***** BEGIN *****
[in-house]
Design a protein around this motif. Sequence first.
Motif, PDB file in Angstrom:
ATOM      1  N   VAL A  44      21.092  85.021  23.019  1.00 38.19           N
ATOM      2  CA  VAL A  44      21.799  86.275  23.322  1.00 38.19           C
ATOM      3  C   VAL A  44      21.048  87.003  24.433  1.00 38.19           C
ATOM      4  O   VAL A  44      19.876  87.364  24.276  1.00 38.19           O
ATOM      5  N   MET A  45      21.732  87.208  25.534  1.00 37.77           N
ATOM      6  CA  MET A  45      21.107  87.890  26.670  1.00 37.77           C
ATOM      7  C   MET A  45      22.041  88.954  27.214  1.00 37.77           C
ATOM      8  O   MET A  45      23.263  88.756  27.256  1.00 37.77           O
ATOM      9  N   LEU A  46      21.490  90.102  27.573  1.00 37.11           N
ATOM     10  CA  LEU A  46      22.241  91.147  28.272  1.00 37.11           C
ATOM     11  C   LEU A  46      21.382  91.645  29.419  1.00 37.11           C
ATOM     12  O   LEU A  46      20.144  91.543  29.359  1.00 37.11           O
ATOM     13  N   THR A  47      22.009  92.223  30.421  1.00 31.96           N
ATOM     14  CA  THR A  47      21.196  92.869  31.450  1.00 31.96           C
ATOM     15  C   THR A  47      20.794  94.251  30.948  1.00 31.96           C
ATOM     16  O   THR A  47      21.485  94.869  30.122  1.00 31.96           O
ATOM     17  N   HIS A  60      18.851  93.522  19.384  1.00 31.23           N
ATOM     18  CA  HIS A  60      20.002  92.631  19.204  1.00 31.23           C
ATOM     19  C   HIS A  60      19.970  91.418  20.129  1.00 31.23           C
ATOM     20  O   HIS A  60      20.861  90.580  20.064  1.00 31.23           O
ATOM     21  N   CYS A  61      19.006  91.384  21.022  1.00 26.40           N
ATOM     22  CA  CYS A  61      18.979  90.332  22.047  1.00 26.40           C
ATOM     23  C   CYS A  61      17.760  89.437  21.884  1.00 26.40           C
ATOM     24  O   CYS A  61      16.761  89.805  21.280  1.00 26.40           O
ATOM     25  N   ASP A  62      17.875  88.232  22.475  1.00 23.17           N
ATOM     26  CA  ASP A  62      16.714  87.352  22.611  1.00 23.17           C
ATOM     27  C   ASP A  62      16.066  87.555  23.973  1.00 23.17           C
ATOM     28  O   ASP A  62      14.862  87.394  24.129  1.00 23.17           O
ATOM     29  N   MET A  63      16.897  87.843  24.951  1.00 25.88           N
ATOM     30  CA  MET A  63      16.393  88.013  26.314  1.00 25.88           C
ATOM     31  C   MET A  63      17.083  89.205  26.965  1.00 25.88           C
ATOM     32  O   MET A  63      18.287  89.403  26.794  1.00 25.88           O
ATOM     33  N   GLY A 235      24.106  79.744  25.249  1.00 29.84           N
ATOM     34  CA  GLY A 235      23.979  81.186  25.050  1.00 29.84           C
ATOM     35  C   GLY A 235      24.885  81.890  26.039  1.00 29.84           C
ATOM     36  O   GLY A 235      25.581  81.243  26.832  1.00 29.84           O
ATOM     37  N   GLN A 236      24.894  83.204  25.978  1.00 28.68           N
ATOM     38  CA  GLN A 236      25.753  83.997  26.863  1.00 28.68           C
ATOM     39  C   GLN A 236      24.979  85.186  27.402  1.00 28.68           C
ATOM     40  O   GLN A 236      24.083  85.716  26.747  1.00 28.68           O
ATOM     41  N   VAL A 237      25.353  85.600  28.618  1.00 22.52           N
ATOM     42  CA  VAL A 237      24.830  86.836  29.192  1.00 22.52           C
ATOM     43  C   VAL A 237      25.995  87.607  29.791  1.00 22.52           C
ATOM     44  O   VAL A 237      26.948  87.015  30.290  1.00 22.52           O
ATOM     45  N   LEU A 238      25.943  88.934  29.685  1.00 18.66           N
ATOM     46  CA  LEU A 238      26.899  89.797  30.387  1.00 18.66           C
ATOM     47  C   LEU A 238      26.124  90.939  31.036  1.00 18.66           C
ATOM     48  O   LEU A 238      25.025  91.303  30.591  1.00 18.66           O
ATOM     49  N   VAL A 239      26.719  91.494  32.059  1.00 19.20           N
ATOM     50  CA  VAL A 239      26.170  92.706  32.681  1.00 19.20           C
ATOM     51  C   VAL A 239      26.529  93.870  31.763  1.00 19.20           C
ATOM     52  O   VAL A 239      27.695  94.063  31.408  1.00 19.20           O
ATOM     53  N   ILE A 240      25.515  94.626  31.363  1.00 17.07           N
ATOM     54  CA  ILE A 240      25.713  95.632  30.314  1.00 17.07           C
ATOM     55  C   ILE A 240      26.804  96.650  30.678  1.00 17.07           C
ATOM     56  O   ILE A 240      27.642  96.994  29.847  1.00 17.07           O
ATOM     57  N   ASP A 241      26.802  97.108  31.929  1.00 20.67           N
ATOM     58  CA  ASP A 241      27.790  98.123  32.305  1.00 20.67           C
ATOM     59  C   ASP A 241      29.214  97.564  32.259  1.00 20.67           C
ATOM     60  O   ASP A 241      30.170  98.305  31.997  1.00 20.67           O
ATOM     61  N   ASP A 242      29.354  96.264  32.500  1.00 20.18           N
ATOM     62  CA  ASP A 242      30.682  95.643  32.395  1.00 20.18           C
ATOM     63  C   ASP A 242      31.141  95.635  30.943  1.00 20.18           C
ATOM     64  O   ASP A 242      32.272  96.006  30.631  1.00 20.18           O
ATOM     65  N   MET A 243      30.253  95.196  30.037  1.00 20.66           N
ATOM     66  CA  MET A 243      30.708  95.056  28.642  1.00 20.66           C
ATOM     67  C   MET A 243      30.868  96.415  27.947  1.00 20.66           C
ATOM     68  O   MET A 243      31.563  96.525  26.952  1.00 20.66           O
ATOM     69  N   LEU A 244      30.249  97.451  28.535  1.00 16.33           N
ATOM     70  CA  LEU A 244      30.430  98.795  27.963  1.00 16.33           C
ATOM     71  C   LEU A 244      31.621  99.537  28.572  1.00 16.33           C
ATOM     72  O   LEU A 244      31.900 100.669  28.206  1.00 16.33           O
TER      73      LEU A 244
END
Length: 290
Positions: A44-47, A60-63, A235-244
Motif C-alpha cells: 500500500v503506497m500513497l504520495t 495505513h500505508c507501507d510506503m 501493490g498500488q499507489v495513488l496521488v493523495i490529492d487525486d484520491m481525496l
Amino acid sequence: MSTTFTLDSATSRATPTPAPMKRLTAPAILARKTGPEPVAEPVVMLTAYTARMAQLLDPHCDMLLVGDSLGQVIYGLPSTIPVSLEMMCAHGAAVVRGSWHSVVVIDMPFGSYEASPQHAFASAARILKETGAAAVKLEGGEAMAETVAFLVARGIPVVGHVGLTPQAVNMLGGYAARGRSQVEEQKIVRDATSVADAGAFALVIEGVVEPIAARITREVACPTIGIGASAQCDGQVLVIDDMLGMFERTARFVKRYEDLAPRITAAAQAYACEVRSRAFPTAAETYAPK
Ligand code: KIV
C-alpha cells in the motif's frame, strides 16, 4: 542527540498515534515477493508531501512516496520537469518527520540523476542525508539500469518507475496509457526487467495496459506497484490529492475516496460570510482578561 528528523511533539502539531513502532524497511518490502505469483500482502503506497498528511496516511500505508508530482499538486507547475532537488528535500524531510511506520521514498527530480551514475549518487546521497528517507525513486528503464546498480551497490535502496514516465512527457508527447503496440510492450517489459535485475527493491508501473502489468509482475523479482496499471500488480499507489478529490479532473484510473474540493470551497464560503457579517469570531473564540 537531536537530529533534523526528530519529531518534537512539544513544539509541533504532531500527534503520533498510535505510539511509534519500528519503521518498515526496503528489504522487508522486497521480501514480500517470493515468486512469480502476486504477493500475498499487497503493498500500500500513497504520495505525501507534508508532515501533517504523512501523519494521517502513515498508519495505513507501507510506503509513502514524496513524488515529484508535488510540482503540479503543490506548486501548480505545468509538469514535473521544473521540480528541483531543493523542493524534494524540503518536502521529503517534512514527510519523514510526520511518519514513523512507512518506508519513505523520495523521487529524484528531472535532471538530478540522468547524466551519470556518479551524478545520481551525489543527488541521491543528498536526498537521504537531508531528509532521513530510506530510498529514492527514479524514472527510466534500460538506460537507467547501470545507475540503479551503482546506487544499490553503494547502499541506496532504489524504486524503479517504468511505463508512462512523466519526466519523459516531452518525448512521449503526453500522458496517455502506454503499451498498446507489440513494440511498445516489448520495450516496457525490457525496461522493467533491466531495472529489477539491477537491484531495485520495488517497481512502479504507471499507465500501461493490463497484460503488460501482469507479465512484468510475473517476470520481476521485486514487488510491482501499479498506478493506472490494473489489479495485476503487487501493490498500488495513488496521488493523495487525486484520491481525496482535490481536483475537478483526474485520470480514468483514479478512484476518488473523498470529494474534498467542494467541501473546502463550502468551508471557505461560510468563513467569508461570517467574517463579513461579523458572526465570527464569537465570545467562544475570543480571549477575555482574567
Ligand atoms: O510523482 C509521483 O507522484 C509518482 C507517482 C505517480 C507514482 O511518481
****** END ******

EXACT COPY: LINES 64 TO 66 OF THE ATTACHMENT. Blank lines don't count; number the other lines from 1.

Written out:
ATOM     61  N   ASP A 242      29.354  96.264  32.500  1.00 20.18           N
ATOM     62  CA  ASP A 242      30.682  95.643  32.395  1.00 20.18           C
ATOM     63  C   ASP A 242      31.141  95.635  30.943  1.00 20.18           C